VALUES AND ETHICS
DEFINITION OF VALUES
Based on the marketing area, value can be defined as to the extent to which a good or service is recognized by its customer in order to meet either his or her needs nor wants, measured by customer's willingness to pay for it. It commonly depends more on the customer's recognition of the worth of the product than on its real value. http://www.businessdictionary.com
One of the keys that influences behaviour in organizations is the values of people. A value refers to the importance of a person attaches to something that serves as a guide to action. Values are also tied in with enduring beliefs that one's mode of conduct is better than the opposite mode of conduct. One person may highly value quantitative analysis and will look down on people who present a position without providing quantitative evidence.
Values must be distinguished from attitudes and from behaviour. This is because firstly, values are abstract ideals that guide one's thinking and behaviour across all situations. Next, attitudes can be defined as learned predispositions toward a given object. Together, values and attitudes influence people's workplace behaviour—their actions and judgments.
HOW VALUES ARE LEARNED
First of all, values do not exist naturally to the people who were just born. However, it is builds in an individual upon the process of growing up and especially starting from the age of four. One of the important way to obtain values is through modelling. For instance, models are those who are teachers, parents, friends, siblings and much more. If we look at the way of a particular person, we can learn to practice the values which might either be much bit or more like him or her.
Other than that, communication of attitudes is also one of the major ways to learn values. The attitudes we hear expressed directly or indirectly help shape our values. Besides, unstated but implied attitudes can also help to shape values. If key people in your life showed no enthusiasm when you talked about work accomplishment, you might not place a high value on achieving outstanding results. In contrast, if your family and friends centred their lives on their careers, you might develop similar values.
Furthermore, most of the key values are learnt from religion and thus become the basis for society's morals. A basic example is that all religions emphasize treating other people fairly and kindly. Members of the clergy teach many ethics courses and seminars because it is often assumed that religious person has special expertise with constructive values.
THE MESH BETWEEN INDIVIDUAL AND ORGANIZATIONAL VALUES
Organizational behaviour is dedicated to better understanding and managing people at work. Organizational behaviour looks at two areas which are the individual behaviour and group behaviour. Personal values and organizational values might change at different stages of a person's career because of a change in values. At one point in a person's career, he or she may think that founding a business is important because the new firm might create employment. At another stage of the same person's career, he or she might believe that working for the non-profit sector is more meritorious.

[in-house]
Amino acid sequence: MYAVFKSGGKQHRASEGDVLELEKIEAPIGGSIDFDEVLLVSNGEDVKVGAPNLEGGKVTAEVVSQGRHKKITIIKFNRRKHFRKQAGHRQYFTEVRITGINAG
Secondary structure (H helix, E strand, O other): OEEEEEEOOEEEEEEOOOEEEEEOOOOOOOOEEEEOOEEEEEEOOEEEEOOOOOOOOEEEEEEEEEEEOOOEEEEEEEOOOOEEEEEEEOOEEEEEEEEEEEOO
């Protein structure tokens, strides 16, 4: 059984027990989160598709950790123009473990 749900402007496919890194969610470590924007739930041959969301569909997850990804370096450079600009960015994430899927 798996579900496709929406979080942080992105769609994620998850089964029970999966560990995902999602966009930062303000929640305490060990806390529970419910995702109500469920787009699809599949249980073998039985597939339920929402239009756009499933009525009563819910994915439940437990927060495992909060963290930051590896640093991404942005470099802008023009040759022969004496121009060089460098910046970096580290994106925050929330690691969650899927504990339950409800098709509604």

DEFINITION OF ETHICS
Ethics can be defined as the basic concepts and fundamental principles of decent human act. It involves the study of universal values such as the essential equality of all humans, natural rights, concern for health and safety and, increasingly, also for the natural environment.
ETHICAL DECISION-MAKING CRITERIA
A normal way to understand ethical decision is by understanding the most basic philosophy in making these decisions. In order to decide between what is wrong or right, one needs to focus on consequences, duties, obligations and integrity.
Firstly, focus on consequences means that in order to decide what is wrong or right, people tend to focus on the consequences of their decision or action. If one follows this criterion, if no one gets hurt, thus the decision is ethical. Focusing on consequences is often referred to as utilitarianism. The decision maker is concerned with the utility of the decision. What really counts is the net balance of good consequences over bad.
Secondly, focusing on duties, obligations and principles means that in order to make an ethical decision, one needs to examine one's duties. The theories underlying this approach are referred to as deontological, from the Greek word deon(or duty). The deontological approach is based on universal principles such as honesty, fairness, justice and respect for persons and property. Rights, such as the right to privacy and safety, are also important. From a deontological perspective, the principles are more important the consequences. If a given decision violates one of these universal principles, it is automatically unethical, even if nobody gets hurt.
Lastly, focus on integrity (virtue ethics) means in determining the ethics of behaviour focuses on the character of the person involved in the decision or action. If the person in question has good character and genuine motivation and intentions, he or she will be judged to have behaved ethically. The criteria for good character will often include the two other ethical criteria. For instance, one might judge a person to have good character if he or she follows the right principles and respects the right of others.
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